UK roundup: BT confirms DB scheme closure for 10,000 managers
Telecoms giant BT has confirmed plans to close part of its defined benefit (DB) pension scheme to future accrual from 31 May 2018, affecting roughly 10,000 managers within the company.
The group is attempting to address a pension deficit estimated at £14bn (€15.7bn).
From 1 June the affected employees will begin contributing to the BT Retirement Saving Scheme (BTRSS), a defined contribution (DC) scheme. Labour union Prospect said yesterday it had negotiated improvements to the scheme and additional concessions from the employer to aid the transition from DB to DC.
The DC improvements included a higher employer contribution rate of 11% of salary for the first five years, Prospect said. Managers would be permitted to make additional voluntary contributions to the DB section until the end of September 2019.
The company said in a notice to the stock exchange that it was “still reviewing feedback” on a consultation to close the scheme for employees that were not managers, and remained in discussion with another union, the CWU.
Alison Wilcox, BT Group HR director, added that the company was “working hard to ensure fair, flexible and affordable provision for members of our pension schemes”.
Prospect national secretary Philippa Childs said: “During a very difficult negotiation we secured decent protections for those having to transfer for future service, as well as improved employer contributions for people already in the BTRSS. Since the ballot result, and the end of BT’s own consultation with staff, we have gone back to the employer and won yet more concessions.”
Master trust fined over administration failings
The UK’s Pensions Regulator (TPR) has fined the trustees of DC master trust NOW: Pensions £70,000 for “persistent administrative failings” and given the company a deadline to fix its problems.
The master trust has been plagued with back-office issues that have caused some members’ contributions to not be collected or invested. NOW: Pensions – which was set up by Danish pensions giant ATP in 2011 – removed itself from the regulator’s list of approved master trusts last year in relation to the issues.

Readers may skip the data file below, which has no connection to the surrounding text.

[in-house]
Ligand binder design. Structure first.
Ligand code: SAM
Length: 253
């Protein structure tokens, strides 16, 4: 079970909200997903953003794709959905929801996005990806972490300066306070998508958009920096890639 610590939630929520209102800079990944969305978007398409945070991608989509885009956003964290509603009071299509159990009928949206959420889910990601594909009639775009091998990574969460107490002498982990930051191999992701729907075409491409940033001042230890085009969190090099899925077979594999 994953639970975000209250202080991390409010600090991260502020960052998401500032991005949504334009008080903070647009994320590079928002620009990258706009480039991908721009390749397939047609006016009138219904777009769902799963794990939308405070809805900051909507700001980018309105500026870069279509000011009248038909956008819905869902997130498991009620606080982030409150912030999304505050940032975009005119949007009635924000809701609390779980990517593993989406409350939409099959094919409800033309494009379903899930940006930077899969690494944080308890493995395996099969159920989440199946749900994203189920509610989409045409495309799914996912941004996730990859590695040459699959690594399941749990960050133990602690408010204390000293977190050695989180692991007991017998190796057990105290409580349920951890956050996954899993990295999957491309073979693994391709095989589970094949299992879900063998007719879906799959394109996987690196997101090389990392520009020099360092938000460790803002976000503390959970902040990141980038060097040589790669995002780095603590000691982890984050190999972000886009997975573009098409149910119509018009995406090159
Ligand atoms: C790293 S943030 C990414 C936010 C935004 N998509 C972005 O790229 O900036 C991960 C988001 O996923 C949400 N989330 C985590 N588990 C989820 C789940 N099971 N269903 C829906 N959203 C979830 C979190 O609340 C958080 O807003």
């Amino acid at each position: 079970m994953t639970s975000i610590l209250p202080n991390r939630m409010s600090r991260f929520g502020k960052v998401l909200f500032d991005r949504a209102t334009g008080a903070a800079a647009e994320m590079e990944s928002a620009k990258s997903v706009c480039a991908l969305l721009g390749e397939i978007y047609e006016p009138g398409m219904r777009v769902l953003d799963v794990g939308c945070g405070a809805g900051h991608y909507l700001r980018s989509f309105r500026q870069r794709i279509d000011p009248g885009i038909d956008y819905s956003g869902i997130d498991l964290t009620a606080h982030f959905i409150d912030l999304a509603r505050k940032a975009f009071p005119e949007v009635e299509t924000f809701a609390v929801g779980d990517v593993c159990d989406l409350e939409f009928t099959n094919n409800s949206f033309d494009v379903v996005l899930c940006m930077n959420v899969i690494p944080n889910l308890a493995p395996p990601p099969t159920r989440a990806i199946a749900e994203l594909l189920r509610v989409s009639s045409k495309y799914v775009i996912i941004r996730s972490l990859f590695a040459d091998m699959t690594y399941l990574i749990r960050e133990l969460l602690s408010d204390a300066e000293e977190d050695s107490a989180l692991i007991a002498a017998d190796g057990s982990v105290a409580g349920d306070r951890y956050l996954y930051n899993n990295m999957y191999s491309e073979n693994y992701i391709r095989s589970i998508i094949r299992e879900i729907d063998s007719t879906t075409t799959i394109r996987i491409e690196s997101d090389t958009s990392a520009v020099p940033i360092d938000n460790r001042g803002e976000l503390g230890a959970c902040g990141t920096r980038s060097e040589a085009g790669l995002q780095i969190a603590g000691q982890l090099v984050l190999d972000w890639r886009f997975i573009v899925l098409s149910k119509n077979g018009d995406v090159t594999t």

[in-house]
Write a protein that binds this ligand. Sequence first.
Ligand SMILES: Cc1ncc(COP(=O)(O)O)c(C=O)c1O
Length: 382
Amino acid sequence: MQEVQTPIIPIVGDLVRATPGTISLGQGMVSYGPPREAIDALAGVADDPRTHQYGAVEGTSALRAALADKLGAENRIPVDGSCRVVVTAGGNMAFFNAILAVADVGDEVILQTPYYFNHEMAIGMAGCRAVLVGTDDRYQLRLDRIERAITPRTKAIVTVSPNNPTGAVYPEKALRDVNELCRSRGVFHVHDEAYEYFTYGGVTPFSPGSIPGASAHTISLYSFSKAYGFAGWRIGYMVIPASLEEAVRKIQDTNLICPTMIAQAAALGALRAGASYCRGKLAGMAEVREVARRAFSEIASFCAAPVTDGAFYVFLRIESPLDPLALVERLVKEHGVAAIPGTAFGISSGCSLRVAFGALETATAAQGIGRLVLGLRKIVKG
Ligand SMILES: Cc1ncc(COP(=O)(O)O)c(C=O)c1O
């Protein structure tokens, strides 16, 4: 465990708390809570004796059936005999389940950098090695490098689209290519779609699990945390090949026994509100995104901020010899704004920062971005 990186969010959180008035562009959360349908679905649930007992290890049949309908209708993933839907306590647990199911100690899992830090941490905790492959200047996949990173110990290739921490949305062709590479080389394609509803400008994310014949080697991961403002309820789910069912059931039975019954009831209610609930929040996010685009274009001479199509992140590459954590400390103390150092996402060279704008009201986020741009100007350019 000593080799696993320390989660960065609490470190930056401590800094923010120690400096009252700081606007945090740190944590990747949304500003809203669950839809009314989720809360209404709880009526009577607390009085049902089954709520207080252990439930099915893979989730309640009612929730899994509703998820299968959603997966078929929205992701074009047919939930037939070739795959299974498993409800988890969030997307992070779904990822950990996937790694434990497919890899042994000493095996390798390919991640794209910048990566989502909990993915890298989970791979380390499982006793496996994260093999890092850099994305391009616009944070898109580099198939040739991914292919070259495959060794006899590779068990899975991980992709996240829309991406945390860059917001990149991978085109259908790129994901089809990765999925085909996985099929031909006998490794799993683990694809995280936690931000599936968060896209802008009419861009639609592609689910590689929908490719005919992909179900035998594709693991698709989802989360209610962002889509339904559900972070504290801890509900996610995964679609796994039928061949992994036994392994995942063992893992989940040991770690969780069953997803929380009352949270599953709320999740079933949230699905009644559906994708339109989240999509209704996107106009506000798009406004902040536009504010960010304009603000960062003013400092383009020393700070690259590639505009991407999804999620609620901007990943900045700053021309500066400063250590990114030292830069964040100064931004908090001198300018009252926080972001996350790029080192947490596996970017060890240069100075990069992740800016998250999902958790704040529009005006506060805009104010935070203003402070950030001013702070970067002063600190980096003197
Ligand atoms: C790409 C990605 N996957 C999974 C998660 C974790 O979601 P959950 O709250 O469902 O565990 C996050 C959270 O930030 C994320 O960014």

As well as the fine for the trustees, TPR issued an “improvement notice” to the trustees and a “third party notice” to NOW: Pensions Ltd (NPL), the entity that manages the master trust. The notices were sent “to ensure that the trustee and NPL take key steps to resolve the issues by set deadlines”, the regulator said.
NPL appointed Dalriada as an independent trustee last year to assist with the company’s ongoing attempts to resolve the issues.
Nicola Parish, TPR’s executive director of frontline regulation, said: “This package of measures, together with those voluntarily taken by the trustee, should ensure that the issues with NOW: Pensions which have persisted for so long are finally resolved. We will continue to monitor progress and will issue further fines if necessary to ensure that the trustee and NPL focus on resolving the issues as swiftly as possible.”
Troy Clutterbuck – who has been interim CEO at NOW: Pensions since the departure of Morten Nilsson in August – said he was “truly sorry” for the delays in processing pension contributions, adding that the company had made “significant progress” on addressing the problems.
He added: “I’m pleased to say that the vast majority of schemes are now up to date. Work continues on a small percentage of larger and more complex schemes and these will be updated by April – the deadline set by the regulator.”
Chair of trustees Nigel Waterson emphasised that members’ funds were “completely safe” and said NOW: Pensions would ensure members would be put back “in the same position they would have been in had their contributions been processed in a timely manner”.
Clutterbuck said the company had invested in new systems to help improve the quality of member data.
NOW: Pensions is the pension provider for IPE International Publishers.
Prudential backs Scottish Widows longevity reinsurance deal
Scottish Widows has transferred the longevity risk linked to $1.8bn (€1.5bn) of annuity liabilities to the Prudential Insurance Company of America.
It is the first longevity transaction Scottish Widows has completed.
Michael Downie, finance director for annuities and investment strategy at Scottish Widows, said: “[Prudential’s] financial strength and long-term commitment to the market was a key consideration for Scottish Widows when selecting a counterparty. Throughout the negotiations, they took the time to understand our needs and actively tailored their offering to meet our requirements.”
Prudential has completed more than $45bn worth of reinsurance transactions since 2011, according to the company. This included the mammoth £16bn longevity swap transaction with the BT Pension Scheme in 2014 – still the biggest single derisking deal ever completed in the UK.